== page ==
When Adkins is in high gear, the movie is fantastic. His fighting is superb and the hits all feel very visceral. When the action stops, however, it movie really sags under the sub-par acting talent. It feels like a movie directed by the second unit, and when there’s no fighting going on I was just waiting for more action.

    Also, for some reason the foley really stood out. It felt WAY too cartoonish and present in the sound mix, especially when the violence feels very uncartoonish.

    Bonus ‘sploitation points for teeny tiny knife in the belt buckle.

  20. Undisputed 2: Last Man Standing (2006) & Undisputed 3: Redemption (2010) - Isaac Florentine

    Holy shit.
    I was expecting well choreographed, competently shot, hopefully well edited and pleasant to watch fights, along with charismatic characters, but... these still exceeded my expectations, by FAR. I like Scott Adkins and Michael Jai White's rivalry a lot in Undisputed II and it does a great job of setting the mood and establishing the stakes, but my god, the fight scenes in the sequel are just astounding. Everyone involved here knows their shit and is determined to deliver, and this is just exhilarating to witness as a viewer. I also want to mention that Adkins (who's evidently never heard of any law of gravity whatsoever) pulls off the shift from antagonist to leading man admirably, which says a lot about his talent as an actor.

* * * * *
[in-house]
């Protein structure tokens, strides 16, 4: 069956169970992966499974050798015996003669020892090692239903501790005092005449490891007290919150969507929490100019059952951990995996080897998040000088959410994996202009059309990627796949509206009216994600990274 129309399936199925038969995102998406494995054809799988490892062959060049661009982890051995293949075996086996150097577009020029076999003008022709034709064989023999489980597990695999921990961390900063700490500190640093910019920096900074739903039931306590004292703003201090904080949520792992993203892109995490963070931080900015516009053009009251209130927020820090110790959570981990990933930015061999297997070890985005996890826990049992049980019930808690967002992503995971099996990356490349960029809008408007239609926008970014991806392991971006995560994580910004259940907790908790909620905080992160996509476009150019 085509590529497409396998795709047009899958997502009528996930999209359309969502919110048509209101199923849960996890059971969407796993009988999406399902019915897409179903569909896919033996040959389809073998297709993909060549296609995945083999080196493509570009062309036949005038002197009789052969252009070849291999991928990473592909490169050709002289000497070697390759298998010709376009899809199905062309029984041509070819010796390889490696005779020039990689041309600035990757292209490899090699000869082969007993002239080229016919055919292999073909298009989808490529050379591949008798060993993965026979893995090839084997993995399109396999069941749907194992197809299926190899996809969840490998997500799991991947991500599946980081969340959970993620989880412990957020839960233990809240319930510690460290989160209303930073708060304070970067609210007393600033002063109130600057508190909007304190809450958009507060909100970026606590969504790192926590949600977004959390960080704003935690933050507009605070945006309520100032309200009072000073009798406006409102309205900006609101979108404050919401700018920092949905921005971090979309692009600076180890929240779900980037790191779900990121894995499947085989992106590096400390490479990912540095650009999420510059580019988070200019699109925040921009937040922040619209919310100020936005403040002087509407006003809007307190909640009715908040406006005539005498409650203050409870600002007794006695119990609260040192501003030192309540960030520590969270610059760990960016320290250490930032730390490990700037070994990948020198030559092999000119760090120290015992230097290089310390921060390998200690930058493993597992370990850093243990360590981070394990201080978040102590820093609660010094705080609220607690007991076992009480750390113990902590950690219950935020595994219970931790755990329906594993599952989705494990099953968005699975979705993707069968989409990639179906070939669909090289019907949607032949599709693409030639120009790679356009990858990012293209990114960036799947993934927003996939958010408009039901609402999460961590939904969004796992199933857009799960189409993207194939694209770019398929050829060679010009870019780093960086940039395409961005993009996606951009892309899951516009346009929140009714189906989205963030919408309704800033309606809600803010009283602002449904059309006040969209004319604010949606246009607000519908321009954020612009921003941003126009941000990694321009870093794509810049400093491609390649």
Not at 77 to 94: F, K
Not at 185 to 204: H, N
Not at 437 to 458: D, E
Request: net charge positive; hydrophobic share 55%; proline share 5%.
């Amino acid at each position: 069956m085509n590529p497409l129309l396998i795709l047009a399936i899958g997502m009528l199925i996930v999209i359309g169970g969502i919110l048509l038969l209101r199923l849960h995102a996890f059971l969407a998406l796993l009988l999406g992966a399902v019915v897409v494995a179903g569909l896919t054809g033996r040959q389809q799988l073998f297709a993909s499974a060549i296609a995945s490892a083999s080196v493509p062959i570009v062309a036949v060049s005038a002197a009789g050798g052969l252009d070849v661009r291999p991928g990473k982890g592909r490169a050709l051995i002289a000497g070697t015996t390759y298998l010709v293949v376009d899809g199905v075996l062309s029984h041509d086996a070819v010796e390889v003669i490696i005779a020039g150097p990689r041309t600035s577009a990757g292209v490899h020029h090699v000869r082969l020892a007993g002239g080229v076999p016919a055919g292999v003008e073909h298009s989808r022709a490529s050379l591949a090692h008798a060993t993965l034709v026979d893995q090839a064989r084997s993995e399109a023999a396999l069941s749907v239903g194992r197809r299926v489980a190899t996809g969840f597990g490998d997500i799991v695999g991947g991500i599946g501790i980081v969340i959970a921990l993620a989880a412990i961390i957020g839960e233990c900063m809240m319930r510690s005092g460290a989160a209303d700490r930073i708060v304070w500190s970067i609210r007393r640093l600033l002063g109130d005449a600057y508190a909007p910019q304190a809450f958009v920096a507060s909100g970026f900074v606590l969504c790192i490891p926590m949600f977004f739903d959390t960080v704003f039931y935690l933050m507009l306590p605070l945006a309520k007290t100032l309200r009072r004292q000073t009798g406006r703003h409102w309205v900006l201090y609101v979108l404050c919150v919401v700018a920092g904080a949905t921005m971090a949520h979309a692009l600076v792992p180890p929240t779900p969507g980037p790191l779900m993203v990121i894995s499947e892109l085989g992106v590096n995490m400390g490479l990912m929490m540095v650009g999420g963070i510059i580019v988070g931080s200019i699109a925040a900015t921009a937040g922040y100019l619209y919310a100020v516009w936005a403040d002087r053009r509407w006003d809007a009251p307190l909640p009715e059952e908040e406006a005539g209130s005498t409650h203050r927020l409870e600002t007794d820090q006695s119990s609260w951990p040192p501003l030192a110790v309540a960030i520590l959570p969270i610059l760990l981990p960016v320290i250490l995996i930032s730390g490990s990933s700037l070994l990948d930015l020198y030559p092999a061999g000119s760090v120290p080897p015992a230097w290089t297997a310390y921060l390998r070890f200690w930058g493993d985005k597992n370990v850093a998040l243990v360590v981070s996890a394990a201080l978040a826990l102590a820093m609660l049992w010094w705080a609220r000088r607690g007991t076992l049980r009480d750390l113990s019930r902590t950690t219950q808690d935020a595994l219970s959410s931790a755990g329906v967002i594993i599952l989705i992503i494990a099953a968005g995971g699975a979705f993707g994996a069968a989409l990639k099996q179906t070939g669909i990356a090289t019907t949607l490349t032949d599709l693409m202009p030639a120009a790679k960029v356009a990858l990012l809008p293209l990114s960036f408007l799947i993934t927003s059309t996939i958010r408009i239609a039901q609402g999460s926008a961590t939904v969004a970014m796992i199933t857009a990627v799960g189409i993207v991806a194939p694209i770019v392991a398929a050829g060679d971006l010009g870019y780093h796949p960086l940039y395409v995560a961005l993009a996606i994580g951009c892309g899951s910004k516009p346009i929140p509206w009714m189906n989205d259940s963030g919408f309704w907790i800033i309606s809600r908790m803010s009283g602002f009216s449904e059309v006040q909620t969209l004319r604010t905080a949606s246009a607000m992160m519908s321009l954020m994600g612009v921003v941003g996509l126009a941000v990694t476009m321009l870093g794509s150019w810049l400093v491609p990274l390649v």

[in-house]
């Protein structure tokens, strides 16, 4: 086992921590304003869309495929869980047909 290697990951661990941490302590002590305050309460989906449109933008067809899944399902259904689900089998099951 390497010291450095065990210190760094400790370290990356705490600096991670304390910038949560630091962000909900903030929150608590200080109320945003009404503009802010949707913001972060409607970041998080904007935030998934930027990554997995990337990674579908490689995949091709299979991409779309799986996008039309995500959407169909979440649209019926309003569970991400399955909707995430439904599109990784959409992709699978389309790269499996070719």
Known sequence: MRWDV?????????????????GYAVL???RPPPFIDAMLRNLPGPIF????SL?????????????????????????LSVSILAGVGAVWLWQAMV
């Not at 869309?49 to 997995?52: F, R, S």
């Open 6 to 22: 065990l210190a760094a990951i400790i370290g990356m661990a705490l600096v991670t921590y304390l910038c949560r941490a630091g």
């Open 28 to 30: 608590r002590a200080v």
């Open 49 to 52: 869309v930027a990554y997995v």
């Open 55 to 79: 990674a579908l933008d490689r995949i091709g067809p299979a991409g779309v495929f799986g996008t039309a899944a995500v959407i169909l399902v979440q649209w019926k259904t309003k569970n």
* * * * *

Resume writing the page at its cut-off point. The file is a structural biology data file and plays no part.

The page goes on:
I would absolutely love to see those two on a big screen, with an audience.

    The Debt Collector (Jesse V. Johnson, 2018)

    Very, very funny and enjoyable in its first two thirds, until the movie starts getting darker and more serious and loses a bit of its charm for me. It's still very well acted (the Adkins-Mandylor reluctant duo works wonderfully) and engaging, I just find myself wishing it had stayed on a lighter path. I'm looking forward to watching the sequel!

  21. Ninja: Shadow of a Tear (2013)

    I'm so out of touch with the modern action movie scene that two weeks ago I didn't know who Scott Adkins was. Then the week before June I checked out the first Ninja movie, and today I watched the supposedly far superior sequel. And I don't want to rain on anyone's parade, so I'll just say this super slick brand of action is not really my cup of tea. I'm glad that everyone else seems to be having a good time, though. Clearly, it's a "It's not you, it's me" type situation.

  22. Avengement (2019)

    Holy shit! You guys NEED to watch this one. (Like, if you haven't already...)

  23. Avengement (2019)

    This movie definitely kicks some ass. I love the structure and all the fight scenes hit hard. For someone new to Scott Adkins' work, it was a great introduction!

    1. I agree. This was my introduction to Mr. Adkins, and now I know why he gets his own Junesploitation day. The structure felt like it could have been adapted from a stage play, albeit one with a tremendous fight sequence every four minutes. I would definitely enjoy a night at the theatre for Avengement, a play in 3 acts, complete with Chekov’s shotgun.
      Thanks for the intro, Junesploitation.

  24. Eliminators (2016, dir. James Nunn)